10 May 2021
Young Sylvania Randriambelo breastfeeds her 2-month-old baby, as she pays rapt attention to what the senior nurse is telling her at the newly refurbished “Centre Ami de la Vaccination” of the University Teaching Hospital (Centre Hospitalier Universitaire, CHU) Tanambao-Diego, in the Diana Region of Madagascar. The centre is the latest addition to five others, bringing the total number of such centres in the country to six.
Like the other nursing mothers sitting on the waiting bench at the new centre, the 18-year-old has come to vaccinate her little girl, Cham-leng who is scheduled to receive the POLIO 1, Penta 1, Rota 1 and PCV10-1 vaccines. “*My child took ill some weeks back and I missed out on her vaccination schedule. Knowing how important these vaccines are for her, I feel relieved I was able to bring her for follow-up today,*” the young mother Sylvania explains. The baby had already received the BCG and polio 0 vaccines at birth.
As usual, before the child receives the day’s dose of vaccines, she is undressed for weighing by the assistant nurses in attendance. When the baby is carefully placed on the scale, an air of laughter and small-talk fills the room as the senior nurse commends the young mother for the child’s impressive weight. Little Cham-leng was born at [this] hospital with a birth-weight of 3.6 kg. Today at eight weeks, she weighs an encouraging 5.4 kg.
For the Senior Nurse overseeing the activities at the unit, Ms Isabelle Volafeno the new “Centre Ami de la Vaccination” is a much-welcome addition to the hospital where about 30 women deliver each month.
“*It is really a great thing for me because we already have here a maternity ward which receives women coming in from every corner of town for delivery. With this centre, we will directly get into phase 1 of routine vaccinations for their newborn babies without any risk of intermissions and those from the suburbs can take their babies home and only wait to continue the second phase of vaccination*.”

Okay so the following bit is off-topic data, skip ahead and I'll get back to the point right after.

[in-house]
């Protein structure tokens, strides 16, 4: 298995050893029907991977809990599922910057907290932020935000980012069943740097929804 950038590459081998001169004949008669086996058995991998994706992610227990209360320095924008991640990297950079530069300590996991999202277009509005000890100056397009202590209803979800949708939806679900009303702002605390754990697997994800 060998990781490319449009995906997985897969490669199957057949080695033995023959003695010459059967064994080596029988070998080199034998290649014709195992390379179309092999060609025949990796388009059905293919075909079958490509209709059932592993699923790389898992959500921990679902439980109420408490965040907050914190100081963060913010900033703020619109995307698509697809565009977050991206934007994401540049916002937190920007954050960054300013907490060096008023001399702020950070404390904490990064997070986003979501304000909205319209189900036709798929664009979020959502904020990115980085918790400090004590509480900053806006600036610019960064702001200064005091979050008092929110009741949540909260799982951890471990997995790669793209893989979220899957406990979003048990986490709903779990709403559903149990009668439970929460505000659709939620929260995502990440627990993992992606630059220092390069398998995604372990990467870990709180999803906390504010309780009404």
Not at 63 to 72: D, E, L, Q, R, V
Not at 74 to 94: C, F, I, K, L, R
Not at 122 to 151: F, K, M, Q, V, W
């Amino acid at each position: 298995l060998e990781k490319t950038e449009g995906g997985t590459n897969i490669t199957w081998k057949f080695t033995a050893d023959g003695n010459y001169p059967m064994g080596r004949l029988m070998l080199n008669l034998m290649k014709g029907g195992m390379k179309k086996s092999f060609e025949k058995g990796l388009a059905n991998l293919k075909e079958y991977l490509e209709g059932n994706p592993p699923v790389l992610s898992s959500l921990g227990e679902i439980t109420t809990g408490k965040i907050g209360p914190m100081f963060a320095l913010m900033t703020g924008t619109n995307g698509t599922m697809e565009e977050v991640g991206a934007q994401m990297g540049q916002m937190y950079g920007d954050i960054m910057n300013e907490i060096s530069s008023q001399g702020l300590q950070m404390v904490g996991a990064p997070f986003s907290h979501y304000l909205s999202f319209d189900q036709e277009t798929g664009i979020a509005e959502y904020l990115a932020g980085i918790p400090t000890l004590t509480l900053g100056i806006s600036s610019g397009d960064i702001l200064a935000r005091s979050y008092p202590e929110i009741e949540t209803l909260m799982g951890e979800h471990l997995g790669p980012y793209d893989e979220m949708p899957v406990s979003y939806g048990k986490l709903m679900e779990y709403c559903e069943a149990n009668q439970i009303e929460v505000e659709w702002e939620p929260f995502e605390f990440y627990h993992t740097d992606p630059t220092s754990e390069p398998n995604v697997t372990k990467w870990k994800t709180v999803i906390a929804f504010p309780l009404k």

Vaccines are one of the most important ways to prevent children from getting some life-threatening diseases. In Madagascar, the current vaccination calendar provides for the administration of a number of vaccines for free, for children from 0 to 18 months. These include BCG for tuberculosis; OPV for polio; DTP-HepB-Hib against diphtheria, tetanus, pertussis, viral hepatitis B, given in combination with Haemophilus influenzae type b vaccine; Rota for rotavirus; PCV-10 for pneumococcal infections including pneumonia, meningitis, etc.; IPV - inactivated polio vaccine; VAR for measles, mumps, rubella and varicella. The administration of Vitamin A in health facilities is also recommended.
For Nurse Isabelle, offering mothers this possibility to follow-up with vaccination right after delivering is just one of the many advantages the newly opened centre has brought.
“*Vaccinations for all babies used to be organized once a week here and we would have a huge crowd of mothers. With this centre open each working day, the number of mothers turning up on same day will greatly reduce*, and this will also help the hospital reinforce its strategy on reducing the risk of transmitting COVID-19 by reducing crowding within the premises.” Nurse Isabelle who has been working at the pediatrics unit of the hospital since 2012 adds, with visible contentment.
In the world’s fourth largest island, the COVID-19 situation keeps making the headlines. With cases increasing each day and news of a new variant, things haven’t been made any easier for the population and medical staff. As such, continuity of essential health services has been greatly impacted by the raging pandemic and any effort to limit spread, is a leap forward for the men and women working in hospitals. “*In spite of the situation, we all need to continue our efforts towards achieving the objectives of the 2021-2030 Immunization Agenda, which is to reach at least 90% of immunization coverage for all antigens at the national level and at least 90% in each district, with a focus on the equity approach and the quality of services*," underscores WHO’s Resident Representative, Pr Charlotte Faty Ndiaye.
It is in this light that WHO in collaboration with the Ministry of Public Health continues to work with other partners to scale-up vaccination in very ‘hard-to-reach’ and poor performing areas and setting up such vaccination centres is one of the strategies to cover and catch-up missed vaccination opportunities.